I’d never even heard of Jobriath, a stunningly talented glam rock star who burst upon the scene in the early seventies, and disappeared after only a few years. Jobriath A.D. is a tragic story of sleaze and impossible dreams, and a culture that was still not ready to accept an openly gay rock star.
(Warning: this review may contain spoilers.)
Jobriath—who went by many names throughout his career, but started his life as one Bruce Campbell, from King of Prussia (really, that’s the town’s name), Pennsylvania—got started in show business as a performer in Hair; angelically beautiful, already an accomplished singer, songwriter, dancer, and musician, he wowed everyone with his looks, charisma and talent. When the show closed he moved on to sing with a Prog Rock band called Pidgeon which only produced one record. A few years later he was discovered by superstar manager Jerry Brandt, who decided to take a chance on this strange, otherworldly creature.
There followed an intense publicity campaign: Jobriath’s face was on buses, in magazines, and on a huge billboard overlooking Times Square. He was so overhyped, in fact, that critics were ready to hate him before they even heard one note of his songs. When his self-titled debut album came out in 1973, the general reaction was either bafflement at the bizarre, eclectic music, or a vicious backlash that was was at least partly based on homophobia. The problem was that Jobriath was the first openly gay rock star, and America was just not ready for that. Big names like David Bowie could present androgynous personas, or drop coy hints about their sexuality. But to be openly, unapologetically gay? That was career suicide in 1973.
Interestingly, the gay press didn’t defend him; gay culture at the time was shifting towards clones and hypermasculinity, and they had no interest in (a) rock, or (b) androgynous rock stars. Though a few reviews were positive, album sales were dismal.
Brandt struggled to keep promoting him; a backing band was formed and they toured, but in the end it was only a couple of clubs instead of a grand spectacle at the Paris Opera House. Jobriath was crushed, after the second album came out to equally horrible sales, Brandt dropped him.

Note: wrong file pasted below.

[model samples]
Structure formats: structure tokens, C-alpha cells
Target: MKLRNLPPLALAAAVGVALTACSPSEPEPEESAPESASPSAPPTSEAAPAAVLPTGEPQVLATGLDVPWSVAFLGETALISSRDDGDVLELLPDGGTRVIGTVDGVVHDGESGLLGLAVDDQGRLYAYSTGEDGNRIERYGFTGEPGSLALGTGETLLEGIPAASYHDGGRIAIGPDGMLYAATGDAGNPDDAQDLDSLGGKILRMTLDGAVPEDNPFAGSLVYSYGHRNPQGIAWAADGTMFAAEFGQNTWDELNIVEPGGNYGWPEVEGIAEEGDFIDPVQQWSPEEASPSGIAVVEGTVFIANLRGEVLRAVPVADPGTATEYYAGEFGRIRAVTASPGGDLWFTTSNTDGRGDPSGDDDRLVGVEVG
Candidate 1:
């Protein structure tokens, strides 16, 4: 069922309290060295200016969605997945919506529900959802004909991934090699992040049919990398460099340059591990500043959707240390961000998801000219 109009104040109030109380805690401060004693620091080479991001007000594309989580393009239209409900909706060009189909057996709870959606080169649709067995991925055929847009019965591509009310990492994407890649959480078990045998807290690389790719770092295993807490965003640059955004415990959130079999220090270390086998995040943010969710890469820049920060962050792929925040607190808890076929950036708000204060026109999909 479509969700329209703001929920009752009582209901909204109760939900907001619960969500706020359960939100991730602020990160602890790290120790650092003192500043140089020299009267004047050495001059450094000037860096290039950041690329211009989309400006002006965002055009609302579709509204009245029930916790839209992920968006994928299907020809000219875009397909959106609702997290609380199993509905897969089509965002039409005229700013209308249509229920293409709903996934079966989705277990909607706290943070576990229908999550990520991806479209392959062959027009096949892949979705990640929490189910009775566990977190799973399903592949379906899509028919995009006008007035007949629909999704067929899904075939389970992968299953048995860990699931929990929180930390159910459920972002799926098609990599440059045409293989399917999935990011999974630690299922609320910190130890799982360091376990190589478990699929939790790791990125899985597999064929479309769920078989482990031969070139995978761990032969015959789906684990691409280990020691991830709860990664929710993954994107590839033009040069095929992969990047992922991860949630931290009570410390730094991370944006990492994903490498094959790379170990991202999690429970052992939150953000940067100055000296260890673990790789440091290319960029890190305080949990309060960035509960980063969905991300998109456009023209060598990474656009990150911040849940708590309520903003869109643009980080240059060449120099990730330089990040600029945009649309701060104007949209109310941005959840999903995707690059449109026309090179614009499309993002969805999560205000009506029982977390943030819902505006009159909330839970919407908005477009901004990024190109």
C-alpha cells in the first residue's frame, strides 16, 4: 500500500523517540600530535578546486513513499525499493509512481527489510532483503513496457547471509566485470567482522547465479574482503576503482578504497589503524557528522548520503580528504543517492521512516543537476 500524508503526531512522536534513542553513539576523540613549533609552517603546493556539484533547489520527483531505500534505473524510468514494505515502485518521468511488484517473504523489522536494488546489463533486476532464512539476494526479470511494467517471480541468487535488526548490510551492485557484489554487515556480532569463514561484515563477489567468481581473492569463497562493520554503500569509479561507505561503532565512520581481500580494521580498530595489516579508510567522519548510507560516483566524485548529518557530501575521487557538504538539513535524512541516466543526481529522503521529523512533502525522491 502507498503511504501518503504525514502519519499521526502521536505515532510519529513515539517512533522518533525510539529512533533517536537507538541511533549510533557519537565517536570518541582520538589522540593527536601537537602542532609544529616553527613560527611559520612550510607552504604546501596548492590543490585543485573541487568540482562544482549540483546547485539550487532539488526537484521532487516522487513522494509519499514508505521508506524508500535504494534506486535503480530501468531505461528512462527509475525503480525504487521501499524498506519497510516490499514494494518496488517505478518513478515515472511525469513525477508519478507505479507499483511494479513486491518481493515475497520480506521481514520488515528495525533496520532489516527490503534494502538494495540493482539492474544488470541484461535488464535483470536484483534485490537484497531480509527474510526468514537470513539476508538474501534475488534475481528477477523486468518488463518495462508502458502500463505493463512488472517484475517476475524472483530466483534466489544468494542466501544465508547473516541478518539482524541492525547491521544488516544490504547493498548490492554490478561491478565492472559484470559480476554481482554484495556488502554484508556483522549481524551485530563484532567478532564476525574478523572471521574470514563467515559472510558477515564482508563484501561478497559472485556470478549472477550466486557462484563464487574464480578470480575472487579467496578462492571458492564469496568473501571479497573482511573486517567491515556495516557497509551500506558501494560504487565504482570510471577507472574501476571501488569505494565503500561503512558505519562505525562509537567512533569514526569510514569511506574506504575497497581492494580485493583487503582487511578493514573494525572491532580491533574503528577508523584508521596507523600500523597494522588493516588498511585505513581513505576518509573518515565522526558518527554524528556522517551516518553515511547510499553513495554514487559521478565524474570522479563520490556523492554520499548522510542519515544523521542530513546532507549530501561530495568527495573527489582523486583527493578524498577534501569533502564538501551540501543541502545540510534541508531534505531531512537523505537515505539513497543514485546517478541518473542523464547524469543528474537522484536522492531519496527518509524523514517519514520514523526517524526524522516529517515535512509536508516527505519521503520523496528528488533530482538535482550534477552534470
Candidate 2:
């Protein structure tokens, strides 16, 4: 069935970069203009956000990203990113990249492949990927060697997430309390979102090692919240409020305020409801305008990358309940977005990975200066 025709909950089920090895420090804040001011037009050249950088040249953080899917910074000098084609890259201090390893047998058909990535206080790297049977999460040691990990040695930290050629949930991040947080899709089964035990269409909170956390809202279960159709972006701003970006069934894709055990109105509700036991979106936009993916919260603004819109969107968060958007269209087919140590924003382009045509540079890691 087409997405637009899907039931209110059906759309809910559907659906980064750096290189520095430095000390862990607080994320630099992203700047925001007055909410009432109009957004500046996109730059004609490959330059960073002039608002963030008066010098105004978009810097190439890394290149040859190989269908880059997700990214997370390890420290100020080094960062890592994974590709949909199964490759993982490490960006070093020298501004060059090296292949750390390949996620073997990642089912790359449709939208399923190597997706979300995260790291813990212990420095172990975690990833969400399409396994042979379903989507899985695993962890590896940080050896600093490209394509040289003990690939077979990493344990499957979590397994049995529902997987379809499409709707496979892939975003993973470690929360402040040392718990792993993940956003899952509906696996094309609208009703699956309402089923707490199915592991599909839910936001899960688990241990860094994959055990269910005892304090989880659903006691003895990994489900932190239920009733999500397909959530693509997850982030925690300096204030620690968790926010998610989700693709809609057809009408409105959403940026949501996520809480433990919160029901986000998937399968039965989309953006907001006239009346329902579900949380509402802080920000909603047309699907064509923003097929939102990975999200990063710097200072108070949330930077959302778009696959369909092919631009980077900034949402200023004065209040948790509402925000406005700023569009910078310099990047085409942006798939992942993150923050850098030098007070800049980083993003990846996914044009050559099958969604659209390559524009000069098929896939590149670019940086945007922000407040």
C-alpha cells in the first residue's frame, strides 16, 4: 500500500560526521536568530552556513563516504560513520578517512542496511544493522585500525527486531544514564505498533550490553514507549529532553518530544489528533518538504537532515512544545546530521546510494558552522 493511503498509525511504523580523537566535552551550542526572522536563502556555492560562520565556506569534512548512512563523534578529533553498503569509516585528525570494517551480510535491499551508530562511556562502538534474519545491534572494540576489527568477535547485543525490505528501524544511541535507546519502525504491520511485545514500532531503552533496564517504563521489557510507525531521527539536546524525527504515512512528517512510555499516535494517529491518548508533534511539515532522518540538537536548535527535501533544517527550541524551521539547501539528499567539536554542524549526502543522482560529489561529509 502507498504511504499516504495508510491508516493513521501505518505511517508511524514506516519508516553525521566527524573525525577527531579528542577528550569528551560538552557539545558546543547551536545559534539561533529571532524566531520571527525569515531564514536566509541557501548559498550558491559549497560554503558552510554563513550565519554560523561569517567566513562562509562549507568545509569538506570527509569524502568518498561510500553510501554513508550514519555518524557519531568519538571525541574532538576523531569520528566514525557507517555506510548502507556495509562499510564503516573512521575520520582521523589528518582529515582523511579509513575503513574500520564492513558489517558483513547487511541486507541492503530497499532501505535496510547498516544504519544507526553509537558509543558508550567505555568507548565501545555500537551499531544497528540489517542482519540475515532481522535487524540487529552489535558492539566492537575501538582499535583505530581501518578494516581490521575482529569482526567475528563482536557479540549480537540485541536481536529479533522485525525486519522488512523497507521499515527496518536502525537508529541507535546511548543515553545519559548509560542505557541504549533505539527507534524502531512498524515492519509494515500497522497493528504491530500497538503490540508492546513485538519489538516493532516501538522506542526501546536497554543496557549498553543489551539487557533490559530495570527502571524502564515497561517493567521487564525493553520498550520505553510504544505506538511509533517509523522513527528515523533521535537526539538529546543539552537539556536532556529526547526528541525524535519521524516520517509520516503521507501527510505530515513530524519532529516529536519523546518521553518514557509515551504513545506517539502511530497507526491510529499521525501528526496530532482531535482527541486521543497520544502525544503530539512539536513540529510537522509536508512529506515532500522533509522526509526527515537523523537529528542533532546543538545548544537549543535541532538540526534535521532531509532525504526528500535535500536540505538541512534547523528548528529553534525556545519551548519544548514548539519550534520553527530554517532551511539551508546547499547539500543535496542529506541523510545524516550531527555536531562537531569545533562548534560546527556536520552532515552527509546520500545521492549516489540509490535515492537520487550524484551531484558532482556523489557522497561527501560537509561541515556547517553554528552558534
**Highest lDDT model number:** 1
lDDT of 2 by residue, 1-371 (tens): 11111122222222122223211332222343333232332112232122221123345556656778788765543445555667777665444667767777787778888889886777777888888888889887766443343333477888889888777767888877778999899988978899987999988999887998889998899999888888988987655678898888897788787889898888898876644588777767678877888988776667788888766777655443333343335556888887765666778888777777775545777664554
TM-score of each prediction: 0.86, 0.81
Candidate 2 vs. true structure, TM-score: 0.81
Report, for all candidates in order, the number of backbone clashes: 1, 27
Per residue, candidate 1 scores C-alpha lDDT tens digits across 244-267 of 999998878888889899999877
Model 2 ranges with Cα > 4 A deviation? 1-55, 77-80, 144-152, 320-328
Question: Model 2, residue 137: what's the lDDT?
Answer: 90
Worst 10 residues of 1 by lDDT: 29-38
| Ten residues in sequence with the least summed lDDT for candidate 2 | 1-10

On his own, Jobriath moved into the Chelsea Hotel and reinvented himself as a cabaret singer—his first love had always been the piano—gaining a small but steady following. He also composed songs and numbers for various theatrical productions around town.
Jobriath died of AIDS in 1983, sitting at his piano. His body was reportedly not found for four days, a tragic end to a groundbreakingly creative man. He deserved so much more.
The film concludes with an animation of the planned Paris Opera House show. It starts with Jobriath climbing a scale model of the Empire State Building dressed as King Kong, swatting down some fighter planes, then transforming into Marlene Dietrich while the Empire State Building transforms into a giant penis. Yeah, crazy and over-the-top, but who knows? If there’s enough interest in Jobriath’s art and too-brief career, maybe it could get done someday.
(A version of this review first appeared on http://www.npdemers.net).
Nicolas Demers is a web developer and blogger living in Vancouver’s West End. In his spare time he enjoys science-fiction, photography, and is actively involved with the Vancouver Gay Volleyball Association.